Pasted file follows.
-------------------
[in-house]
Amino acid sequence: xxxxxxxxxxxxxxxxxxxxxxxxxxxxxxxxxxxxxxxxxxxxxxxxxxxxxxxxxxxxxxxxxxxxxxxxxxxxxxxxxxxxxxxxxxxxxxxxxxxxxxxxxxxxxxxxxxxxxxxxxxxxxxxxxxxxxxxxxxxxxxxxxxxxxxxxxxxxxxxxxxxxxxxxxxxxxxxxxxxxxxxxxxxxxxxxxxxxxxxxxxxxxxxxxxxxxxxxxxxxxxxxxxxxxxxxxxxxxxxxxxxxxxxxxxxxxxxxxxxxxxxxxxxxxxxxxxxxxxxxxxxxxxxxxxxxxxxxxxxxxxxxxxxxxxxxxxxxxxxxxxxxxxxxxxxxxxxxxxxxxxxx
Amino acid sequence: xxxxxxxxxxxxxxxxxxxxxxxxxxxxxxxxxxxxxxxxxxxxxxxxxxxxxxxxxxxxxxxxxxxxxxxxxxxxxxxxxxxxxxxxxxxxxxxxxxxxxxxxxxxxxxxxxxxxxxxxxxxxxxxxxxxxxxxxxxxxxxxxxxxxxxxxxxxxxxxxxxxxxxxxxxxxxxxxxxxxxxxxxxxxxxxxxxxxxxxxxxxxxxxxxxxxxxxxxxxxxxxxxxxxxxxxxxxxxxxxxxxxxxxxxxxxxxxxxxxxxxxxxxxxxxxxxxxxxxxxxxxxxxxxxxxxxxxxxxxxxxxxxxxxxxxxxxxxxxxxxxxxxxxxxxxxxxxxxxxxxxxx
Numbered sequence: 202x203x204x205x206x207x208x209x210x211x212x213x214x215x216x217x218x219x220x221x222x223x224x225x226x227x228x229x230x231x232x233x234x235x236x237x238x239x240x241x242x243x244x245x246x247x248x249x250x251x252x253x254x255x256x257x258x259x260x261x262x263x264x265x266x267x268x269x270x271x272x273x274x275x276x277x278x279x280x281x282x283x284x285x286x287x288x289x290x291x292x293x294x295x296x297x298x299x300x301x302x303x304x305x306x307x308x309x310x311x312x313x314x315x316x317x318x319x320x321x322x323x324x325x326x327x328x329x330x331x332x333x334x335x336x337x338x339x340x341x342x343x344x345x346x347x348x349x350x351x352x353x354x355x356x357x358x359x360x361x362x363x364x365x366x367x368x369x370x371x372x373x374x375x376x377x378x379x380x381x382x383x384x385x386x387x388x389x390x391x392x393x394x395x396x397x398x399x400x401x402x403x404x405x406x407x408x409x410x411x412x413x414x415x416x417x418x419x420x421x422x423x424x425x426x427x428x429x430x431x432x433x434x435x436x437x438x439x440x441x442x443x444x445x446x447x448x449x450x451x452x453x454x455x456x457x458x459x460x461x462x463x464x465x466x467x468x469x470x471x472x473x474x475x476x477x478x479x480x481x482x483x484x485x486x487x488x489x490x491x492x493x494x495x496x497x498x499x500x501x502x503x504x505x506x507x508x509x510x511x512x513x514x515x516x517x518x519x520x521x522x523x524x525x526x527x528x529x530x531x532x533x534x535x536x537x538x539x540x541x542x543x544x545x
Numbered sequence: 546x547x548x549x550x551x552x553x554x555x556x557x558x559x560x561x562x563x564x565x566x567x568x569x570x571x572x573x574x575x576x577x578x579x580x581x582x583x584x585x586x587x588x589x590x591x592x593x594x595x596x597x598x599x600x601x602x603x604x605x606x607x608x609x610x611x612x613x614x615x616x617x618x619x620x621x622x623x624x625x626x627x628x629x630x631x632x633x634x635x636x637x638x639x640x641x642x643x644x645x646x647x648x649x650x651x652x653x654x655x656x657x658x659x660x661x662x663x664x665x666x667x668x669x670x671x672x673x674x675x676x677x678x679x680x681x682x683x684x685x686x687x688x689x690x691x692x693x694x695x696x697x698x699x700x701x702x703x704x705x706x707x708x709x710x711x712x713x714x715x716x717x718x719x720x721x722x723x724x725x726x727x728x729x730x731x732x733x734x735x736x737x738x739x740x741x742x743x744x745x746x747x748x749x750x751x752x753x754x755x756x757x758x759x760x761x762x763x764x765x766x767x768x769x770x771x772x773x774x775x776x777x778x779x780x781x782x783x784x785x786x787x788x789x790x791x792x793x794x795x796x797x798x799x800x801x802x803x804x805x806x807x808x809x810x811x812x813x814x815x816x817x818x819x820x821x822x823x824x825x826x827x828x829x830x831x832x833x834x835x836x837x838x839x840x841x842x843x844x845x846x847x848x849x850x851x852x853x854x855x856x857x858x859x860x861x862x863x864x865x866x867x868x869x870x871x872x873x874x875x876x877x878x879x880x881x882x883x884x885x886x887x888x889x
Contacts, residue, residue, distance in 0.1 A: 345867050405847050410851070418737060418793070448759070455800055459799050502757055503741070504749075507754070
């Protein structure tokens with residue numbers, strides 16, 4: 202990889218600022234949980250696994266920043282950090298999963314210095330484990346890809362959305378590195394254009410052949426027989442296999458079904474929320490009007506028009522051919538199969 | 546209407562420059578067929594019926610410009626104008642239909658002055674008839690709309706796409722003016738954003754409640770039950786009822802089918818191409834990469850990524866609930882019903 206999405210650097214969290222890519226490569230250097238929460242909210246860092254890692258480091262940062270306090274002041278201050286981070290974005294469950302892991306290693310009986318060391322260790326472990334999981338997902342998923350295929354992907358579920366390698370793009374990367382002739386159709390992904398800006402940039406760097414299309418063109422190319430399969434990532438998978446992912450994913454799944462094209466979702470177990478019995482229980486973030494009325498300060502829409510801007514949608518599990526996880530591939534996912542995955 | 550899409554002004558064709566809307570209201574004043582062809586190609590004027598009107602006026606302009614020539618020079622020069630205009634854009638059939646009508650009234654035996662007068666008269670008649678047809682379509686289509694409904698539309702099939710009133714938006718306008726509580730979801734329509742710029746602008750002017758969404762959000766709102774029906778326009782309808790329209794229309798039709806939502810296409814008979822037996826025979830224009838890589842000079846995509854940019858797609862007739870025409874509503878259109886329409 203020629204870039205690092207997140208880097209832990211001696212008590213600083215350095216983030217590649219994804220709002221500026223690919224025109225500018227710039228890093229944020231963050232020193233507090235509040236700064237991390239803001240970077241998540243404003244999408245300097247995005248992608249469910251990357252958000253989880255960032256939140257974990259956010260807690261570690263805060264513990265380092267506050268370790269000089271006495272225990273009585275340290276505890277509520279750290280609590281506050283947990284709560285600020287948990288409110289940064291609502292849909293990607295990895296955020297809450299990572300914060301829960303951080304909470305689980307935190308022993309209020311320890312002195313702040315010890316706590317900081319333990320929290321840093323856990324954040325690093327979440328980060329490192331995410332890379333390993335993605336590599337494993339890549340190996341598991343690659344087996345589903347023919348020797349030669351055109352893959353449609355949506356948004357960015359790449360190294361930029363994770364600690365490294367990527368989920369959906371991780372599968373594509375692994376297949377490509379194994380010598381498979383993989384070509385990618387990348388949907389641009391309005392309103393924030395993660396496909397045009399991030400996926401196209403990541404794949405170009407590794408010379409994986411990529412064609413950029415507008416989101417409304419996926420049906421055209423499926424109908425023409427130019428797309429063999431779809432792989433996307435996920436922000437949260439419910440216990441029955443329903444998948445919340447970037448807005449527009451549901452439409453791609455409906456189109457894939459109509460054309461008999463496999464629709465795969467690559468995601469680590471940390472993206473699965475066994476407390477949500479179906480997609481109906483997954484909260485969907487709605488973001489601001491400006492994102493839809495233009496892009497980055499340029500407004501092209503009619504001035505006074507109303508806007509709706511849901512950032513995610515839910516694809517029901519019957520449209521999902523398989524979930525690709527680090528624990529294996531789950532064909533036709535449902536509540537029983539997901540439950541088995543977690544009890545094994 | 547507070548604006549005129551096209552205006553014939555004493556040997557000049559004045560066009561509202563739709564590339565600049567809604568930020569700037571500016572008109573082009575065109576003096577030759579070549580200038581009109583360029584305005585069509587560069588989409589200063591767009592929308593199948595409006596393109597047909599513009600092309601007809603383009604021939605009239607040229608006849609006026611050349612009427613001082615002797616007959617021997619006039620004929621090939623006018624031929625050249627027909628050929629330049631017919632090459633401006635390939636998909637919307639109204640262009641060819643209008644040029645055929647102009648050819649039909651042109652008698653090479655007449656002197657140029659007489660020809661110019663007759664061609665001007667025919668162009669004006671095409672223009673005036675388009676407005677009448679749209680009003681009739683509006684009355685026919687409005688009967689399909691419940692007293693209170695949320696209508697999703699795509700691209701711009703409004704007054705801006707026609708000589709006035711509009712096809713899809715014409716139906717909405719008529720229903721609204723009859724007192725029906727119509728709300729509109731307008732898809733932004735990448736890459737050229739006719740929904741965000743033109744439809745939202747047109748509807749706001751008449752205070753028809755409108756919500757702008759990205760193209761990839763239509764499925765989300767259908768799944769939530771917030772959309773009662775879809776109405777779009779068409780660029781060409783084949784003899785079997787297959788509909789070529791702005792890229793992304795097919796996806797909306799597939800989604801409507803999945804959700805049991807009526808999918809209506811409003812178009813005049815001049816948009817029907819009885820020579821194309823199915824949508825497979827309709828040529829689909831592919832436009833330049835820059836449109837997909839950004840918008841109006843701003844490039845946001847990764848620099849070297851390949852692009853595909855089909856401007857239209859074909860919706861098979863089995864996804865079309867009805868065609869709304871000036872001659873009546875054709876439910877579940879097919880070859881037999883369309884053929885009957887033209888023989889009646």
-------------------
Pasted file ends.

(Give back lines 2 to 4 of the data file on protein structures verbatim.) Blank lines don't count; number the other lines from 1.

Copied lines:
Amino acid sequence: xxxxxxxxxxxxxxxxxxxxxxxxxxxxxxxxxxxxxxxxxxxxxxxxxxxxxxxxxxxxxxxxxxxxxxxxxxxxxxxxxxxxxxxxxxxxxxxxxxxxxxxxxxxxxxxxxxxxxxxxxxxxxxxxxxxxxxxxxxxxxxxxxxxxxxxxxxxxxxxxxxxxxxxxxxxxxxxxxxxxxxxxxxxxxxxxxxxxxxxxxxxxxxxxxxxxxxxxxxxxxxxxxxxxxxxxxxxxxxxxxxxxxxxxxxxxxxxxxxxxxxxxxxxxxxxxxxxxxxxxxxxxxxxxxxxxxxxxxxxxxxxxxxxxxxxxxxxxxxxxxxxxxxxxxxxxxxxxxxxxxxxx
Amino acid sequence: xxxxxxxxxxxxxxxxxxxxxxxxxxxxxxxxxxxxxxxxxxxxxxxxxxxxxxxxxxxxxxxxxxxxxxxxxxxxxxxxxxxxxxxxxxxxxxxxxxxxxxxxxxxxxxxxxxxxxxxxxxxxxxxxxxxxxxxxxxxxxxxxxxxxxxxxxxxxxxxxxxxxxxxxxxxxxxxxxxxxxxxxxxxxxxxxxxxxxxxxxxxxxxxxxxxxxxxxxxxxxxxxxxxxxxxxxxxxxxxxxxxxxxxxxxxxxxxxxxxxxxxxxxxxxxxxxxxxxxxxxxxxxxxxxxxxxxxxxxxxxxxxxxxxxxxxxxxxxxxxxxxxxxxxxxxxxxxxxxxxxxxx
Numbered sequence: 202x203x204x205x206x207x208x209x210x211x212x213x214x215x216x217x218x219x220x221x222x223x224x225x226x227x228x229x230x231x232x233x234x235x236x237x238x239x240x241x242x243x244x245x246x247x248x249x250x251x252x253x254x255x256x257x258x259x260x261x262x263x264x265x266x267x268x269x270x271x272x273x274x275x276x277x278x279x280x281x282x283x284x285x286x287x288x289x290x291x292x293x294x295x296x297x298x299x300x301x302x303x304x305x306x307x308x309x310x311x312x313x314x315x316x317x318x319x320x321x322x323x324x325x326x327x328x329x330x331x332x333x334x335x336x337x338x339x340x341x342x343x344x345x346x347x348x349x350x351x352x353x354x355x356x357x358x359x360x361x362x363x364x365x366x367x368x369x370x371x372x373x374x375x376x377x378x379x380x381x382x383x384x385x386x387x388x389x390x391x392x393x394x395x396x397x398x399x400x401x402x403x404x405x406x407x408x409x410x411x412x413x414x415x416x417x418x419x420x421x422x423x424x425x426x427x428x429x430x431x432x433x434x435x436x437x438x439x440x441x442x443x444x445x446x447x448x449x450x451x452x453x454x455x456x457x458x459x460x461x462x463x464x465x466x467x468x469x470x471x472x473x474x475x476x477x478x479x480x481x482x483x484x485x486x487x488x489x490x491x492x493x494x495x496x497x498x499x500x501x502x503x504x505x506x507x508x509x510x511x512x513x514x515x516x517x518x519x520x521x522x523x524x525x526x527x528x529x530x531x532x533x534x535x536x537x538x539x540x541x542x543x544x545x